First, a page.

If the filtrate contains plasticizer oil, this may be separated by distillation or other suitable procedure.

It it well known that polyether urethane prepolymers may be obtained by diisocyanate reaction of a polyether diol, and then cured with any diol or glycol or diamine such as methylene bis-ortho-chloroaniline (MOCA) or 4,4'-methylene-dianiline, etc.

The polyether prepolymers usually employed commerically are Adiprenes, including Adiprene LD-784 used heren, which is prepared by reacting polytetrahydrofuran diol (about 1300 molecular weight) with toluene diisocyanate. Another prepolymer that may be used is the reaction product of polypropylene oxide polyol and a diisocyanate, such as toluene diisocyanate, etc. Such prepolymers may be used alone or in combination with other polyether prepolymers.

In the steam treatment, superheated steam is used, usually at a temperature of 175to 300C. or more. The hydrolyzed mass is usually cooled, at least somewhat, before the rubber (if present) is separated, and this is usually done between 75 C. and room temperature. No solvent is present at this stage except a small quantity of tetrahydrofuran or other solvent used to dissolve antioxidant that may be added if desired. The water is stripped off and the residual mass of hydrolyzed polyurethane is dissolved in an aromatic solvent.

The dissolution is conveniently done with toluene, although other aromatic solvents may be used, including benzene, xylene, chlorobenzene, etc.

The accompanying flow sheet illustrates the general procedure. If no rubber is present, the oily mass obtained by steam hydrolysis may be filtered to remove insoluble impurities, including metal parts, fabric, etc. which may accompany scrap polyurethane obtained by stripping old automobiles, although filtration is not necessary if the polyurethane is sufficiently clean.

The following example is illustrative. It starts with the hydrolyzed mass, which if no rubber is present, may be produced by a procedure old in the art. The procedure is the same if rubber is present, except that the rubber which is not hydrolyzed is present as insoluble chunks in the hydrolyzed mass, and is removed by filtering or centrifuging or other suitable procedure. This removal of rubber is an important feature of the invention because it makes a most practical procedure, as the scrap may contain rubber as an impurity either as a polyurethane/hydrocarbon rubber laminate or separate pieces of hydrocarbon rubber.

The scrap is first shredded or otherwise cut into small pieces which may vary in weight. This scrap which may contain hydrocarbon rubber chunks or laminates in any amount from a very small amount up to an amount which weighs as much as the polyurethane, or more, is subjected to superheated steam. Carbon dioxide is given off during the steam treatment. The length of time of the steam treatment, and the amount of steam utilized will depend upon the temperature of the steam and the efficiency of the apparatus.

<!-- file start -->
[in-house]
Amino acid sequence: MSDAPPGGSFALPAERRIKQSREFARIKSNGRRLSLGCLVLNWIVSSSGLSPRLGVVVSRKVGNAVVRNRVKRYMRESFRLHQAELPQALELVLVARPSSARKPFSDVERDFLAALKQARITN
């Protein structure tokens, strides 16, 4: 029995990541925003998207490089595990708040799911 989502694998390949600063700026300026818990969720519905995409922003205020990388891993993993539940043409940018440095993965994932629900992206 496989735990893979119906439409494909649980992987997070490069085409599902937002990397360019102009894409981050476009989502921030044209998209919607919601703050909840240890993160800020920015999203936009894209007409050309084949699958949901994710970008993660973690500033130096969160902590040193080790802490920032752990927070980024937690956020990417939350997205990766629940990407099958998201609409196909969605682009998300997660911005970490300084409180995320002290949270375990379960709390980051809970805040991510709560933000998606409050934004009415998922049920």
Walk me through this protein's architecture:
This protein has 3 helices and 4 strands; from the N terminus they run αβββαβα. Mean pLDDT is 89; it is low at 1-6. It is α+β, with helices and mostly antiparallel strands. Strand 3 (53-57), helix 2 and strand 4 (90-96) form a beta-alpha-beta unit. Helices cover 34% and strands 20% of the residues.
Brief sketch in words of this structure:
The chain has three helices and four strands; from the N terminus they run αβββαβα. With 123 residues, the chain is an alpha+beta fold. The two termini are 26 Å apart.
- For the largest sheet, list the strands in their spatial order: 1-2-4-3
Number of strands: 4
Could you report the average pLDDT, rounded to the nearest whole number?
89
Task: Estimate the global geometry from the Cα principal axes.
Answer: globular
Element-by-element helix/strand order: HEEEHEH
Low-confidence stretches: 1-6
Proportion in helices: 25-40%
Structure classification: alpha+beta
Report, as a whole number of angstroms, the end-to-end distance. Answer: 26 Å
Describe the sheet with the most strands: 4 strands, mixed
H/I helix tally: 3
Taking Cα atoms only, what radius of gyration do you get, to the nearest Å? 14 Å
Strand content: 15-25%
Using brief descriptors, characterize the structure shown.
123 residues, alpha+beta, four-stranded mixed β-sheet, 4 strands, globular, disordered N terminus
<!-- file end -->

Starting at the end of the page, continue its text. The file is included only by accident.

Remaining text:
If is desirable to filter the hydrolyzed mass, and of course it is essential to filter or otherwise remove insoluble matter if rubber is present. The solution is then stripped to remove water.


Twelve hundred (1200) grams of a solid polyurethane (produced from polytetrahydrofuran diol reacted with toluene diisocyanate and cured with 4,4'-methylenedianiline) was heated under nitrogen to 200 C. in saturated steam at 225 psig., and held at this temperature for 12 hours, during which time the pressure reached 550 psig. The reactor was gradually cooled to 75C., and the hydrolyzed mass was removed into a vessel containing 100 ml. of tetrahydrofuran (THF) which contained 1 gram of 2,6-di-tert.butyl p-cresol (DBPC). The amount of solvent used was not critical. The THF was present only as solvent for the DBPC. Most any other usual rubber antioxidant could be used. (THF is water miscible and a good solvent for most antioxidants.) The foregoing amounts and conditions can readily be changed to provide an efficient commercial operating procedure.

The product consisted of two incompletely separated phases, both of which were red-brown. The water and THF were stripped off under vacuum leaving a red-brown oil which was kept under vacuum or nitrogen. If exposed to air it darkened appreciably. After several days a dark solid separated which was determined to be sodium chloride and tarry material which were separated. Such standing and separation are optional.